As Principal of Joppa Communications, Erica Holthausen helps nonprofit organizations build a community of engaged and loyal supporters, enhance visibility, increase cause awareness and raise philanthropic support. A self-described idealist, she blogs about sustainability, nature, historic preservation, conservation, community supported agriculture and fisheries, good food and, of course, nonprofit organizations. She resides in Newburyport, Massachusetts.

12 Responses to “The Secret to Building a Great Fundraising Board”

  1. Great practical advice Erica! It\’s refreshing to hear concrete steps we can take ourselves–without trying to force anyone else to be something they are not.

  2. I think the word that is missing here, but the point you are trying to make is that one should embrace “flexibility.” One must be able to sway with different personalities. Every board is different. Early in my career I held expectations of what should be and used my training to try to shove organizations to reach goals. (This is an I know what is best, do what I say approach – Not always true and certainly rarely welcomed.) Whether you are dealing with fundraising, outreach, or any institutional planning, the best approach is a flexible one that allows you to gently steer your board, listening and guiding rather than fighting with them. Thanks for providing some thought provoking questions and gentle guiding words Erica.

  3. […] Secrets to building a great fundraising board | Pamela Grow's … […]

  4. Thank you, Melissa and Maureen, for your comments! Flexibility is definitely the key to any working relationship and is certainly important when working with a large group.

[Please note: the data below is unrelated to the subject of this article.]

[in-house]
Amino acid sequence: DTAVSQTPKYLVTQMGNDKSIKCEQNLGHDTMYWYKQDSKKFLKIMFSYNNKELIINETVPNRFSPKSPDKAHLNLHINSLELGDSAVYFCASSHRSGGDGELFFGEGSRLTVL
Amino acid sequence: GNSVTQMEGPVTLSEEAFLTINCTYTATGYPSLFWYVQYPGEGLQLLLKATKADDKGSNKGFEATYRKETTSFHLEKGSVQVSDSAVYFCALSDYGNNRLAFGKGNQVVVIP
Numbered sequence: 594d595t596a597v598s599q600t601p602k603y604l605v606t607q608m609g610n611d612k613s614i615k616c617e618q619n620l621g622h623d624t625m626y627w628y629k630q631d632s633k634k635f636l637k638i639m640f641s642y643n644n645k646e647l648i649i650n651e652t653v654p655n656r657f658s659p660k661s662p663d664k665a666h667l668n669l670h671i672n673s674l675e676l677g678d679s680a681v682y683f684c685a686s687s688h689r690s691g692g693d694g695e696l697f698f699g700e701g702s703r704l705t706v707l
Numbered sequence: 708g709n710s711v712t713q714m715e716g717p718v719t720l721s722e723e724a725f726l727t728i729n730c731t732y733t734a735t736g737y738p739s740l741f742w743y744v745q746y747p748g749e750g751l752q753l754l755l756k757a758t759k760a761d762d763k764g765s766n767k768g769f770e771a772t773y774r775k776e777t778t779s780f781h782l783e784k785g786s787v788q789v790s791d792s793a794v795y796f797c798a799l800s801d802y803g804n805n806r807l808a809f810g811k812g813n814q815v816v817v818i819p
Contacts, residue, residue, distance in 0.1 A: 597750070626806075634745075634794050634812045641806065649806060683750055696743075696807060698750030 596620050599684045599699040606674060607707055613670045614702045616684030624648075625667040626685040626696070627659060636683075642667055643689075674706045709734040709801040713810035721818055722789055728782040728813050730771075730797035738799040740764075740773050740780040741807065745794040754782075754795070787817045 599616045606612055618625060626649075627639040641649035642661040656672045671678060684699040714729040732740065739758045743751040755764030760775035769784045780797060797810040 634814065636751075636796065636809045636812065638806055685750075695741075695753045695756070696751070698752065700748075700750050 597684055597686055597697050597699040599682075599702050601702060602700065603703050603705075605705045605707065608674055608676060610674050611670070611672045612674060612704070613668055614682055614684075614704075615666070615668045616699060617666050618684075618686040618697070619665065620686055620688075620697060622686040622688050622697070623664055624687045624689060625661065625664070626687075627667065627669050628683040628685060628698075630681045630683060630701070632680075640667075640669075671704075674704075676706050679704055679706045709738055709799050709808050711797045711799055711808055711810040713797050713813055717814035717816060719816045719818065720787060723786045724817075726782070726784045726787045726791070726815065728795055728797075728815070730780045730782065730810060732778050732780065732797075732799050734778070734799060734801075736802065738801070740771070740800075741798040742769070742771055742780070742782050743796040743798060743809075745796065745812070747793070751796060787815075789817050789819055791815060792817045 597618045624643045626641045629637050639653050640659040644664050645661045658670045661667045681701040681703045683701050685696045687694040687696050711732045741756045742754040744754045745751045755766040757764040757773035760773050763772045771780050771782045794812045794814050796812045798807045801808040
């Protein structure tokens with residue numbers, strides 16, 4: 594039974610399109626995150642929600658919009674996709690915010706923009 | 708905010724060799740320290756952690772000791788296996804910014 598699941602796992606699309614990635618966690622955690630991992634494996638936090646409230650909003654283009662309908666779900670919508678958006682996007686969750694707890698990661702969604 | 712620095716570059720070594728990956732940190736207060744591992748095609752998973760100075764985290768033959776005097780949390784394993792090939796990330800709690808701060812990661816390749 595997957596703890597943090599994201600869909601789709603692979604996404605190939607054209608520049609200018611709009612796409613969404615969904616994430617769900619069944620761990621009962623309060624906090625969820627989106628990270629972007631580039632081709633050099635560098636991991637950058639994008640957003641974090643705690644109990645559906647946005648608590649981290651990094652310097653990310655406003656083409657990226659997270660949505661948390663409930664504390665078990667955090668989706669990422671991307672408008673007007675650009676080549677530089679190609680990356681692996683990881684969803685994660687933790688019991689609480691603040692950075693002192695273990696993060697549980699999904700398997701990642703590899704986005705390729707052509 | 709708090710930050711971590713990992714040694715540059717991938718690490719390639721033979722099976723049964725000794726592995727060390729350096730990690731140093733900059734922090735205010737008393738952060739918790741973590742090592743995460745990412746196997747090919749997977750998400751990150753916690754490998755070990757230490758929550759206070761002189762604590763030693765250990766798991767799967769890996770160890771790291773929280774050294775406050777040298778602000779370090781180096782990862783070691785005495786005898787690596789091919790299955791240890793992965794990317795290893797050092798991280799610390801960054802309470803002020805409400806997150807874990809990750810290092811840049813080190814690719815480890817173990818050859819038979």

“Notice that the stiffest tree is most easily cracked, while the bamboo or willow survives by bending with the wind.” ~ Bruce Lee (1940-1973)

  5. […] Secrets to building a great fundraising board | Pamela Grow's … […]

  6. […] post: Secrets to building a great fundraising board | Pamela Grow's … Comments […]

  7. Roger Carr says:

    You have provided some good, practical advice. But before totally giving up on the board members consider this:

    – I didn’t see anything in the article about educating board members. Many organizations assume that board members understand fundraising. This is not a good assumption.

    – If some requirement for fundraising is not in the “job description” for board members, that is part of the problem. You are expecting them to do something they do not believe is their responsibility. I would also argue these members are probably not passionate about the organization or cause if they are not willing to roll up their sleeves and do some work. Find ways to influence fundraising (direct or indirect) to be a requirement for board members. Also encourage PASSION to be a key selection criteria for new members.

  8. Hear, hear…I am in total agreement with Gayle and Roger. I spend much of my time each month working with staffs and boards on how to create a plan that allows for everyone’s strengths. And no one has to ask for money. Sometimes in our action planning we create a team of solicitors, but they SELF select.